09 February 2012

Facial recognition. Cool or Creepy?

I went and saw the latest Mission Impossible Ghost Protocol and regardless of whether you liked it or not I saw something interesting in the opening scene. An agent is trying to find someone in a crowd, but he hasn't as in olden days studied the person so much he can pick him out even in a crowd. He has a way to scan the entire crowd with his phone and that identifies the target. Wild and crazy, right? Handy for agents anyway.

Then I saw this completely serious article that is a discussion of the privacy concerns of facial recognition. I realized as I started reading that there are already sites like Flickr and Facebook using facial recognition software.

I started thinking are the days of privacy winding down to an end. Will we give up anonymity for security in finding the latest bad guy?

Even more interesting, will we give up our opportunity of anonymity for convenience? After all, isn't it handy when Facebook finds the person and says start typing the name to tag the person. You don't have to do all the work of a graphic artist just to show your friends the picture you took of them last night.

I don't have any plot items in mind, but it seems that I am not alone in thinking the idea of facial recognition can be abused a staff attorney at the Federal Trade Commission is asking questions too. I wonder if you could include in a Sci-Fi story that detective use facial recognition to catch cheating spouses via the internet or tapping into security camera networks.  I could see a plot point where government agents gone bad hunt people on the run.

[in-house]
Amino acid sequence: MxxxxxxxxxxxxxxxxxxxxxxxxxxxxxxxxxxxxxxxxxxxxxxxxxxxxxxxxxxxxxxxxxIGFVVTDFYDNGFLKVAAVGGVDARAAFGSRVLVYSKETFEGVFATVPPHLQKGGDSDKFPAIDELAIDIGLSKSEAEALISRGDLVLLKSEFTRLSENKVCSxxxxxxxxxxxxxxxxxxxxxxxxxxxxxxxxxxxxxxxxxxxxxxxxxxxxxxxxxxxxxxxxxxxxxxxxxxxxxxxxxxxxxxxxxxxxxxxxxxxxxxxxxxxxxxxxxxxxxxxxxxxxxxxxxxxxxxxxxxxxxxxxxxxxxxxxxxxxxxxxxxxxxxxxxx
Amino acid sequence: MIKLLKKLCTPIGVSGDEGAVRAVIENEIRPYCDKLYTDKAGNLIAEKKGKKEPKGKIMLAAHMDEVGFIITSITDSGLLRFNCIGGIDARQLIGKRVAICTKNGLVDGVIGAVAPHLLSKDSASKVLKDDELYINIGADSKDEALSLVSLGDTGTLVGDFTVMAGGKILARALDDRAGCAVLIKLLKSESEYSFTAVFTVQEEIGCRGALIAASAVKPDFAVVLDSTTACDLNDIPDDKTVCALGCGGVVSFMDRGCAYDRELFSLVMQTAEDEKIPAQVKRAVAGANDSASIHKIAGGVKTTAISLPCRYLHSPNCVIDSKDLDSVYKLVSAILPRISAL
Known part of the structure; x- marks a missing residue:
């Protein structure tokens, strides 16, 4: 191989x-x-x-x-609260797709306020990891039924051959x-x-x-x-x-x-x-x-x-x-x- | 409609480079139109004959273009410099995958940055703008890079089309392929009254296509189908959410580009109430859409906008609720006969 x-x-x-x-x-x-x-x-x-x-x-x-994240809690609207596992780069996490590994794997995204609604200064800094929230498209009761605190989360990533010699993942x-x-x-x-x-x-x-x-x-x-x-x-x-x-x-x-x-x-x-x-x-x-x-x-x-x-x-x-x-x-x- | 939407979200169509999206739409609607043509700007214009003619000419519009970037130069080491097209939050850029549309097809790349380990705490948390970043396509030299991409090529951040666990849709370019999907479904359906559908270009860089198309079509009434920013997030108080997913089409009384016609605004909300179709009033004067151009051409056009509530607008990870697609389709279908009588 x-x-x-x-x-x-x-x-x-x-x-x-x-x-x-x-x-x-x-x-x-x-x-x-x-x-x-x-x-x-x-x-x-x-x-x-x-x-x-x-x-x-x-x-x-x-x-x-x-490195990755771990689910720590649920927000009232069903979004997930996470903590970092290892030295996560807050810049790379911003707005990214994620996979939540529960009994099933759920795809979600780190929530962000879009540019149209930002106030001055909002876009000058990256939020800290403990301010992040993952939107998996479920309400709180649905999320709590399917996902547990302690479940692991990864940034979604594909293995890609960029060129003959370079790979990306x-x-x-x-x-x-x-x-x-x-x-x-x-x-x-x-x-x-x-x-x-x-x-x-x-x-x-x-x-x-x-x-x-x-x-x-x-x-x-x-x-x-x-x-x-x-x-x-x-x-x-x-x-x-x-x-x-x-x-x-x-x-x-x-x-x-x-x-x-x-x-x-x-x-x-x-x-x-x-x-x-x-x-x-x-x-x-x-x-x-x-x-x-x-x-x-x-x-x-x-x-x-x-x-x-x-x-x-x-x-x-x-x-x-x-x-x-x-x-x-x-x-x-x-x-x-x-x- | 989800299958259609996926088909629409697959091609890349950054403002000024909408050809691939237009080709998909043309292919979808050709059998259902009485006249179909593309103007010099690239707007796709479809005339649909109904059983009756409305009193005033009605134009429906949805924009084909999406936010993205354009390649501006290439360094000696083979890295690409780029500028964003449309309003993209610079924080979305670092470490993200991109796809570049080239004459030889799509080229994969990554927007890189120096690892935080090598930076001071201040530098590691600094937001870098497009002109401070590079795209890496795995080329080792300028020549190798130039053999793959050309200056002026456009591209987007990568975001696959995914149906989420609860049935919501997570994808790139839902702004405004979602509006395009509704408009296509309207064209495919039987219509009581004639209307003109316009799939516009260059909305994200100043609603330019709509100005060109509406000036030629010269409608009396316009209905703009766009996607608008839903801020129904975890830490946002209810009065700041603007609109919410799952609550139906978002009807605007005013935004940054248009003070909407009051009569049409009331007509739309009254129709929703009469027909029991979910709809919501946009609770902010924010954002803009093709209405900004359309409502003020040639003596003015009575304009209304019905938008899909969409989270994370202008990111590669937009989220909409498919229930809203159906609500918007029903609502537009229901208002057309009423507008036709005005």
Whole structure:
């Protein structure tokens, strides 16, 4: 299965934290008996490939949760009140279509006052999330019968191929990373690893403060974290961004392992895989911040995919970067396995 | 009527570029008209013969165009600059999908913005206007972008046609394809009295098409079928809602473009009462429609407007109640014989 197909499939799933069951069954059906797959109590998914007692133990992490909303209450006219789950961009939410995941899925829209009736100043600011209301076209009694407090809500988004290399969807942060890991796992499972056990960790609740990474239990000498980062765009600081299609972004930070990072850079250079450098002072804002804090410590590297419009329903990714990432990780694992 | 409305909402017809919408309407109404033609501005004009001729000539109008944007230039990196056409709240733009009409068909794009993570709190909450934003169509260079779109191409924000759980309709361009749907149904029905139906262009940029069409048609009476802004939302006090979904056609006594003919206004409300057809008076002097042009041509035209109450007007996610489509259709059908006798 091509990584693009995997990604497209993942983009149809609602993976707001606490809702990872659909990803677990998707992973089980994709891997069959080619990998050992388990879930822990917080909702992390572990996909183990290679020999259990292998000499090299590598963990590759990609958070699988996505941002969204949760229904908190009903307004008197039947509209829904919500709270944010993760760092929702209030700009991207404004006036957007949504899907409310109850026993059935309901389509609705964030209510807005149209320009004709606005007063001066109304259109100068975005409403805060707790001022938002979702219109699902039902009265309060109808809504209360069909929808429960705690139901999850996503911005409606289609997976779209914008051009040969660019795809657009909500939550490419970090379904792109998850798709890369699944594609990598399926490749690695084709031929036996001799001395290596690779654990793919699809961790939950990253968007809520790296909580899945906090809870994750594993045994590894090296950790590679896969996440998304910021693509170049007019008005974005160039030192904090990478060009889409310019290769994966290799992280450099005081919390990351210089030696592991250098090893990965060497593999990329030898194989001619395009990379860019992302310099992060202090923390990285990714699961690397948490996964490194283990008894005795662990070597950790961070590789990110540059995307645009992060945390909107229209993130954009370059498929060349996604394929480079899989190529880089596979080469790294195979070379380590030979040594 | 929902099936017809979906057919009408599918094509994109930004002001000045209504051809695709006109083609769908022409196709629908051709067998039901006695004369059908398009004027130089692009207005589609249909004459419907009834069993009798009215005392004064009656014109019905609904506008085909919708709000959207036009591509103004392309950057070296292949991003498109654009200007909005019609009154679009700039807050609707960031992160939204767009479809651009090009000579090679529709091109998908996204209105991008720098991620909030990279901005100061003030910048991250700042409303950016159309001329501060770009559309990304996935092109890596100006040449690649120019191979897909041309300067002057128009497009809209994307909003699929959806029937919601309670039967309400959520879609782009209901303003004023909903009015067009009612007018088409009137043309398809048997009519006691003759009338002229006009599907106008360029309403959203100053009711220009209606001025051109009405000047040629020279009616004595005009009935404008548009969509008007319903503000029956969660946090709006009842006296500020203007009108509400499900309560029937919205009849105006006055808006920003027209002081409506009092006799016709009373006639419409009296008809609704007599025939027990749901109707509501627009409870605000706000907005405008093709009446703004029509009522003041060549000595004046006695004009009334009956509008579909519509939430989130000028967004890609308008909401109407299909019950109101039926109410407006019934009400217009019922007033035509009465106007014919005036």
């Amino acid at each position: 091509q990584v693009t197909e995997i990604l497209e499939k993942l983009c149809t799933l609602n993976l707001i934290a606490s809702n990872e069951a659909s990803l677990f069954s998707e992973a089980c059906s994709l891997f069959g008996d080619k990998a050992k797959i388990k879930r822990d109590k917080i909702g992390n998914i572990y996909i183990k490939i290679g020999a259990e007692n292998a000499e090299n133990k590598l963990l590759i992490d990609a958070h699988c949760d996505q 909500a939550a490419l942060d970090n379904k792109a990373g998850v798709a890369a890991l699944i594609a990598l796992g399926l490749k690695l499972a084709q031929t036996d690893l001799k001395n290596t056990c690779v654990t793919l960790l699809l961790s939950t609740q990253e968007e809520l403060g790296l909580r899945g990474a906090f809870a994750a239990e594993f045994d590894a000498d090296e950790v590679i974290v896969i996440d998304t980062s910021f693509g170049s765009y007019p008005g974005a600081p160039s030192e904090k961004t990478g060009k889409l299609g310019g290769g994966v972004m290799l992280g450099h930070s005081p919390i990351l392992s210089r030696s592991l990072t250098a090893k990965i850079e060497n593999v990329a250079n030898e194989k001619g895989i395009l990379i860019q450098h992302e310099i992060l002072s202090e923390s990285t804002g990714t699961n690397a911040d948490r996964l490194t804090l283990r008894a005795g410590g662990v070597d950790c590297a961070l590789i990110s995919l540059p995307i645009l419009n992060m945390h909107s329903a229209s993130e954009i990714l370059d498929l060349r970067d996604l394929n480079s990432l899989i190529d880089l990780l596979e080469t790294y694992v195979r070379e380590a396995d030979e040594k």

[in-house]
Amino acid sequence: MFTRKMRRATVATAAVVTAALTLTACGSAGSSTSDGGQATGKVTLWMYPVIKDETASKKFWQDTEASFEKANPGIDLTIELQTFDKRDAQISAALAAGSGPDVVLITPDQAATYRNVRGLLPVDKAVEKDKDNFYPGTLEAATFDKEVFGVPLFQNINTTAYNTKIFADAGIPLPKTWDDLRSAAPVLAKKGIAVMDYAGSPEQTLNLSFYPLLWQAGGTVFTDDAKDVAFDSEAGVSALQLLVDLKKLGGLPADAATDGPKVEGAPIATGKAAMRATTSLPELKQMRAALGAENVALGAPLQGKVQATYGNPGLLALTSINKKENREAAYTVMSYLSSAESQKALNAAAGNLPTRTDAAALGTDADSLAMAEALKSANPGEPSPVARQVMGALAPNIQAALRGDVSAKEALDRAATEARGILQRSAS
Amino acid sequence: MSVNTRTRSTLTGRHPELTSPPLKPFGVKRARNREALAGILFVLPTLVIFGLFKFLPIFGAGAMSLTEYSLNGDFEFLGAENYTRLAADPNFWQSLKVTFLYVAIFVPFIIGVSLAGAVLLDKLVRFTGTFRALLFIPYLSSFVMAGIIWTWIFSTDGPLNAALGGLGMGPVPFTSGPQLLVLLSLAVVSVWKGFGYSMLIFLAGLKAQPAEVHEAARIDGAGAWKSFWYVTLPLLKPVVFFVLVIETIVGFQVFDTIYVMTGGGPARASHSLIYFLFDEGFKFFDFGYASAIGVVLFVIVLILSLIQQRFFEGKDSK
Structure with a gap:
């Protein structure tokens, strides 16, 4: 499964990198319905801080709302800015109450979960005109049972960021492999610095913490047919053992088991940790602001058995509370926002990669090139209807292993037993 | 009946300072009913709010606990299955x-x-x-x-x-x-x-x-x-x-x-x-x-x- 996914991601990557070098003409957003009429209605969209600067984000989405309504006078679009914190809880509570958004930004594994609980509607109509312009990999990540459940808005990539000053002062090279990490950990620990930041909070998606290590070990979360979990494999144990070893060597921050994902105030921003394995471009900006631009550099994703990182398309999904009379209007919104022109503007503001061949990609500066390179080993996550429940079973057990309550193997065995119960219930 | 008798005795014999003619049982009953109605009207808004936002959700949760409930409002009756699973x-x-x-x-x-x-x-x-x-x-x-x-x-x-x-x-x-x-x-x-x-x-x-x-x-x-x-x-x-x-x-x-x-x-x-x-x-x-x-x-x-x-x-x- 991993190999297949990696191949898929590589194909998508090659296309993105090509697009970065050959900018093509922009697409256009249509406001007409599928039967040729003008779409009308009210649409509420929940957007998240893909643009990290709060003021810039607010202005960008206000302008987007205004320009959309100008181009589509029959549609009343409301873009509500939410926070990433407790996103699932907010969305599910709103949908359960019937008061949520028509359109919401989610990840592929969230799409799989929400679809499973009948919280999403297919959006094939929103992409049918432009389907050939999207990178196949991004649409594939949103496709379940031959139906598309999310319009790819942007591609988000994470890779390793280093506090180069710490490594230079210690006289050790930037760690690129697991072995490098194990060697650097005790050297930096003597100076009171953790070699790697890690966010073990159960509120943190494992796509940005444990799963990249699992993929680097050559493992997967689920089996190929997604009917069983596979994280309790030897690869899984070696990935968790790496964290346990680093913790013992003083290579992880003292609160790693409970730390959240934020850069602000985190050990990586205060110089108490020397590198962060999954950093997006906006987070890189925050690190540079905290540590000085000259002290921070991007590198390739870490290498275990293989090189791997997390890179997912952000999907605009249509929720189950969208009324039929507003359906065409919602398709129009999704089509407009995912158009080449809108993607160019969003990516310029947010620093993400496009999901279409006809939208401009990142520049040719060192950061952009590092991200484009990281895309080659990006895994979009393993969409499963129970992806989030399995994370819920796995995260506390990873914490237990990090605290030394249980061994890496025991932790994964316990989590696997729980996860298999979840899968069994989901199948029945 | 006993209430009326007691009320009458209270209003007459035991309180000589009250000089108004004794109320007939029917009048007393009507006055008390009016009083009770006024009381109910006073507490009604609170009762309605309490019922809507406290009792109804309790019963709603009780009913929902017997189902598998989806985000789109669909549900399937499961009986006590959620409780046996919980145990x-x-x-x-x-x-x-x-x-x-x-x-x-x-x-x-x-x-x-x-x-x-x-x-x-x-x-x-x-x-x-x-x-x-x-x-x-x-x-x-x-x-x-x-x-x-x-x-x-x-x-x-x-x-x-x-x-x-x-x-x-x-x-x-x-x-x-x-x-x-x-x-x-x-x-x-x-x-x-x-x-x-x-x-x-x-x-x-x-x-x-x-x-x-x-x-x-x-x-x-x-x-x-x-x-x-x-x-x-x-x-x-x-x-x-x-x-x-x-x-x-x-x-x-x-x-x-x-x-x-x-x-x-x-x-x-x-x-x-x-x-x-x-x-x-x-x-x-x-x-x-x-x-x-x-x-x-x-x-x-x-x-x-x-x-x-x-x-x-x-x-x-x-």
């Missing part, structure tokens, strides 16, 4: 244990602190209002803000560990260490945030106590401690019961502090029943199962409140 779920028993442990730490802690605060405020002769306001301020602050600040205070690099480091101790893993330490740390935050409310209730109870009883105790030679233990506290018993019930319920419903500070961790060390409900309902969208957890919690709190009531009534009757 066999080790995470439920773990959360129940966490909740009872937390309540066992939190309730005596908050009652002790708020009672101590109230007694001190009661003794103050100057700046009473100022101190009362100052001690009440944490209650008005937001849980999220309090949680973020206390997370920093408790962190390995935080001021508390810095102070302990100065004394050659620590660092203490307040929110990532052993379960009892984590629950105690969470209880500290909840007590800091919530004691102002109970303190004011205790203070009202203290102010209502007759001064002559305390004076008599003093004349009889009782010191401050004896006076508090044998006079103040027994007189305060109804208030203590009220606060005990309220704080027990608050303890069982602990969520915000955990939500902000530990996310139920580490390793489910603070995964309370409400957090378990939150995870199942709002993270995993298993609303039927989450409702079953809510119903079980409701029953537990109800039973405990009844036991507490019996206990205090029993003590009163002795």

I haven't read anything using this in the story line but I'm sure I will.

No more blending into the crowd, huh?


  1. Definitely cool, but very, very creepy. Sorry if this is a little long, but I've thought a bit about this.

    What I foresee happening is that facial recognition cellphone apps (or perhaps apps in specialized glasses) will be tied to apps that perform background checks. But not just checks on criminal records and newspapers, but psychological assessments of people based on things like movie rankings, the collection of people you're connected to on social networking sites, and from whatever publicly-accessible writing you've done. What I foresee is that as you're walking through the crowd if you take a picture of of focus on an individual it will not only identify that person, it will also present a display like...

    John Doe
    Age: 47
    Politics: 40% Dem, 36% Repub, %14 Lib, %10 Green
    Status: Divorced and available.
    Psych: Extroverted. Friendly in initial interactions, but loses interest with people. Commitment issues.
    Likely Response to Greeting: Excitement for a few seconds.
    Fears: Responsibility, Clowns
    Arrests/tickets: DUI(2), Moving Violations(4)

    The stuff above is close to possible now. Some day it'll get more advanced than that.

  2. Yes, creepy indeed. As an American, I don't like to see privacy invaded nor like the sensation that it is going to happen no matter what!